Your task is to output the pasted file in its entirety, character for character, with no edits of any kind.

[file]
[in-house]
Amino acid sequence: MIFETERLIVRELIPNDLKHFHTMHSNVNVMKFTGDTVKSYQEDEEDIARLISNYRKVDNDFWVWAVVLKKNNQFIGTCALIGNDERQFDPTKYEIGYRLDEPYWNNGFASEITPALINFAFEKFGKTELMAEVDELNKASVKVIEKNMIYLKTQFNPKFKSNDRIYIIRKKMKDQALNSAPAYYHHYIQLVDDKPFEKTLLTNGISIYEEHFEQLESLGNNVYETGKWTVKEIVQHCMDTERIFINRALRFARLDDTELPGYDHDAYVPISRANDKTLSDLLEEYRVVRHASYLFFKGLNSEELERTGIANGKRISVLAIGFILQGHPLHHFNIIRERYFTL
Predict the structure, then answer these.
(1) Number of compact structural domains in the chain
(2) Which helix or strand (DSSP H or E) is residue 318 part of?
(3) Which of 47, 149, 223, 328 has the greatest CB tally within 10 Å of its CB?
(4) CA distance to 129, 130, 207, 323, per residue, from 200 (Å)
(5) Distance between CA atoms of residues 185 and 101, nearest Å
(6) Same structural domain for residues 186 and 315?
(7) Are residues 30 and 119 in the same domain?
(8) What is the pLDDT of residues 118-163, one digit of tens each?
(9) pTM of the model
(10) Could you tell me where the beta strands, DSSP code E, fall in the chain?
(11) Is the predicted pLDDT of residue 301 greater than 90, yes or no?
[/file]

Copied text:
[in-house]
Amino acid sequence: MIFETERLIVRELIPNDLKHFHTMHSNVNVMKFTGDTVKSYQEDEEDIARLISNYRKVDNDFWVWAVVLKKNNQFIGTCALIGNDERQFDPTKYEIGYRLDEPYWNNGFASEITPALINFAFEKFGKTELMAEVDELNKASVKVIEKNMIYLKTQFNPKFKSNDRIYIIRKKMKDQALNSAPAYYHHYIQLVDDKPFEKTLLTNGISIYEEHFEQLESLGNNVYETGKWTVKEIVQHCMDTERIFINRALRFARLDDTELPGYDHDAYVPISRANDKTLSDLLEEYRVVRHASYLFFKGLNSEELERTGIANGKRISVLAIGFILQGHPLHHFNIIRERYFTL
Predict the structure, then answer these.
(1) Number of compact structural domains in the chain
(2) Which helix or strand (DSSP H or E) is residue 318 part of?
(3) Which of 47, 149, 223, 328 has the greatest CB tally within 10 Å of its CB?
(4) CA distance to 129, 130, 207, 323, per residue, from 200 (Å)
(5) Distance between CA atoms of residues 185 and 101, nearest Å
(6) Same structural domain for residues 186 and 315?
(7) Are residues 30 and 119 in the same domain?
(8) What is the pLDDT of residues 118-163, one digit of tens each?
(9) pTM of the model
(10) Could you tell me where the beta strands, DSSP code E, fall in the chain?
(11) Is the predicted pLDDT of residue 301 greater than 90, yes or no?